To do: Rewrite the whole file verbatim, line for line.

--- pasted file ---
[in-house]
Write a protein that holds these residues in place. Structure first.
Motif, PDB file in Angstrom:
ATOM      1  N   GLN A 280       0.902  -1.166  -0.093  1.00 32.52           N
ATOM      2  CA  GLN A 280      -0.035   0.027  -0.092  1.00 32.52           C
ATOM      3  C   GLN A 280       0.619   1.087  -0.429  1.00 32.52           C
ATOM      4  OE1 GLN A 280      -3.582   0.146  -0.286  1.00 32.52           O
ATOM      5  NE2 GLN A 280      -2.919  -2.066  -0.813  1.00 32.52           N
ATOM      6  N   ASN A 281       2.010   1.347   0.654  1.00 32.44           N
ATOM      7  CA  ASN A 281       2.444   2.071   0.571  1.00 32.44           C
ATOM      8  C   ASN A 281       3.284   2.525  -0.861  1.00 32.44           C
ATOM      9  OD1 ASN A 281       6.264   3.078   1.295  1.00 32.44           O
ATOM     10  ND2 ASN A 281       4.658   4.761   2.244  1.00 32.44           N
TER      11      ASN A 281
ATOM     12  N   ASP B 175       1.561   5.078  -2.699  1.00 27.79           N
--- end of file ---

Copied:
[in-house]
Write a protein that holds these residues in place. Structure first.
Motif, PDB file in Angstrom:
ATOM      1  N   GLN A 280       0.902  -1.166  -0.093  1.00 32.52           N
ATOM      2  CA  GLN A 280      -0.035   0.027  -0.092  1.00 32.52           C
ATOM      3  C   GLN A 280       0.619   1.087  -0.429  1.00 32.52           C
ATOM      4  OE1 GLN A 280      -3.582   0.146  -0.286  1.00 32.52           O
ATOM      5  NE2 GLN A 280      -2.919  -2.066  -0.813  1.00 32.52           N
ATOM      6  N   ASN A 281       2.010   1.347   0.654  1.00 32.44           N
ATOM      7  CA  ASN A 281       2.444   2.071   0.571  1.00 32.44           C
ATOM      8  C   ASN A 281       3.284   2.525  -0.861  1.00 32.44           C
ATOM      9  OD1 ASN A 281       6.264   3.078   1.295  1.00 32.44           O
ATOM     10  ND2 ASN A 281       4.658   4.761   2.244  1.00 32.44           N
TER      11      ASN A 281
ATOM     12  N   ASP B 175       1.561   5.078  -2.699  1.00 27.79           N